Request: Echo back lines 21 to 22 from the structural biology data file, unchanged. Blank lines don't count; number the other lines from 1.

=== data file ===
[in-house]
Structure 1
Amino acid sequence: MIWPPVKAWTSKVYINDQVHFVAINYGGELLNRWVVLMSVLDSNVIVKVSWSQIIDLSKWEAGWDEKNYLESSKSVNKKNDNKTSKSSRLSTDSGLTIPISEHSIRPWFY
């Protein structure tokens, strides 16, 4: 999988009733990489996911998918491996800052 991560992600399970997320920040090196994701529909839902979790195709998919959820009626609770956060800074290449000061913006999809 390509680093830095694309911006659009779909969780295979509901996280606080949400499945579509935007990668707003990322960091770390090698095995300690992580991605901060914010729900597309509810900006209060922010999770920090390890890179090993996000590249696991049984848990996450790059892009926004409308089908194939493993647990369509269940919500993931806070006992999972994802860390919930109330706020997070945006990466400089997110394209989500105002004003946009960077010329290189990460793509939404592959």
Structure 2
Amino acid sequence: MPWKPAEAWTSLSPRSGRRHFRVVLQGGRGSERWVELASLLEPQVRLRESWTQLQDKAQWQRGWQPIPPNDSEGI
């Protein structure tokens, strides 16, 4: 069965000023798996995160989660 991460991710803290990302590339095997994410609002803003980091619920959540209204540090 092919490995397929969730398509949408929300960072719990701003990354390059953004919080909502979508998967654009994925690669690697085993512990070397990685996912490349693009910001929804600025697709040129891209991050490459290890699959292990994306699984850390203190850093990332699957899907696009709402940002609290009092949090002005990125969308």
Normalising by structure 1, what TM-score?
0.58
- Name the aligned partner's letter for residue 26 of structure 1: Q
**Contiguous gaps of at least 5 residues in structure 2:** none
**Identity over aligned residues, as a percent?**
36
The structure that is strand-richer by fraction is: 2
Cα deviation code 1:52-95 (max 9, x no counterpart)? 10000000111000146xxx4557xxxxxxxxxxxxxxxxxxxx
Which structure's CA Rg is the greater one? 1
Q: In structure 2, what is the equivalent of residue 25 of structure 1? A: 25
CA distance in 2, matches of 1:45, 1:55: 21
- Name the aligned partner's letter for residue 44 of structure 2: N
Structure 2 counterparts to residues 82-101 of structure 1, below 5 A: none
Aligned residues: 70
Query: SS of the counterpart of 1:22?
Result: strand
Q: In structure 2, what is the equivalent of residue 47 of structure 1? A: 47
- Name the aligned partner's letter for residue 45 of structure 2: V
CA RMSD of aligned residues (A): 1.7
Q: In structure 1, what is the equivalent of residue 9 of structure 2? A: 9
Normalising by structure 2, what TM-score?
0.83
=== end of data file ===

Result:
Aligned residues: 70
Query: SS of the counterpart of 1:22?